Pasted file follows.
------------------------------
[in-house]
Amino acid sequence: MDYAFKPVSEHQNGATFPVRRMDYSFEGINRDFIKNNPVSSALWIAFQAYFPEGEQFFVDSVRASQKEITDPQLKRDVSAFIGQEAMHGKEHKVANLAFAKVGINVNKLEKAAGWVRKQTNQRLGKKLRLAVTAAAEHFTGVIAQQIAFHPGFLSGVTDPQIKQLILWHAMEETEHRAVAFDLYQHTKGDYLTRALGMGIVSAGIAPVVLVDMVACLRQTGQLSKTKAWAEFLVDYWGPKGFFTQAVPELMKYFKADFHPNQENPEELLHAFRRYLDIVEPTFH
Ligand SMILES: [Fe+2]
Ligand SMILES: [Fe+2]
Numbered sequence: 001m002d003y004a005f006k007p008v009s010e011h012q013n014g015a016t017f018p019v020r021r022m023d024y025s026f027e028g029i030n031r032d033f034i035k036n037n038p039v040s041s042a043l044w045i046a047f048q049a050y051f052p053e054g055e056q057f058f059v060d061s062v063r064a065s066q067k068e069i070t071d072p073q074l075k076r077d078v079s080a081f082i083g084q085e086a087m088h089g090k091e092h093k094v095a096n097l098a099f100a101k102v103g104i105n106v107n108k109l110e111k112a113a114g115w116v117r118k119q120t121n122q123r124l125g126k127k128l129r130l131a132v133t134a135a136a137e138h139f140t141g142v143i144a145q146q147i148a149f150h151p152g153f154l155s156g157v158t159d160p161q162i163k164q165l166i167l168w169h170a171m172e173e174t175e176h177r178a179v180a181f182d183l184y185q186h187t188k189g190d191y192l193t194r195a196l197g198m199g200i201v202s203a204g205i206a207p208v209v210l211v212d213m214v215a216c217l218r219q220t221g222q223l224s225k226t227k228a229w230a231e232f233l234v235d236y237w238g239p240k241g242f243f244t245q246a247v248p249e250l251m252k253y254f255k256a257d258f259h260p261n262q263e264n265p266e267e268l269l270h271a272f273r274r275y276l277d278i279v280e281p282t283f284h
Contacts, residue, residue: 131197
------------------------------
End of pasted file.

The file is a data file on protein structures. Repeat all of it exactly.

[in-house]
Amino acid sequence: MDYAFKPVSEHQNGATFPVRRMDYSFEGINRDFIKNNPVSSALWIAFQAYFPEGEQFFVDSVRASQKEITDPQLKRDVSAFIGQEAMHGKEHKVANLAFAKVGINVNKLEKAAGWVRKQTNQRLGKKLRLAVTAAAEHFTGVIAQQIAFHPGFLSGVTDPQIKQLILWHAMEETEHRAVAFDLYQHTKGDYLTRALGMGIVSAGIAPVVLVDMVACLRQTGQLSKTKAWAEFLVDYWGPKGFFTQAVPELMKYFKADFHPNQENPEELLHAFRRYLDIVEPTFH
Ligand SMILES: [Fe+2]
Ligand SMILES: [Fe+2]
Numbered sequence: 001m002d003y004a005f006k007p008v009s010e011h012q013n014g015a016t017f018p019v020r021r022m023d024y025s026f027e028g029i030n031r032d033f034i035k036n037n038p039v040s041s042a043l044w045i046a047f048q049a050y051f052p053e054g055e056q057f058f059v060d061s062v063r064a065s066q067k068e069i070t071d072p073q074l075k076r077d078v079s080a081f082i083g084q085e086a087m088h089g090k091e092h093k094v095a096n097l098a099f100a101k102v103g104i105n106v107n108k109l110e111k112a113a114g115w116v117r118k119q120t121n122q123r124l125g126k127k128l129r130l131a132v133t134a135a136a137e138h139f140t141g142v143i144a145q146q147i148a149f150h151p152g153f154l155s156g157v158t159d160p161q162i163k164q165l166i167l168w169h170a171m172e173e174t175e176h177r178a179v180a181f182d183l184y185q186h187t188k189g190d191y192l193t194r195a196l197g198m199g200i201v202s203a204g205i206a207p208v209v210l211v212d213m214v215a216c217l218r219q220t221g222q223l224s225k226t227k228a229w230a231e232f233l234v235d236y237w238g239p240k241g242f243f244t245q246a247v248p249e250l251m252k253y254f255k256a257d258f259h260p261n262q263e264n265p266e267e268l269l270h271a272f273r274r275y276l277d278i279v280e281p282t283f284h
Contacts, residue, residue: 131197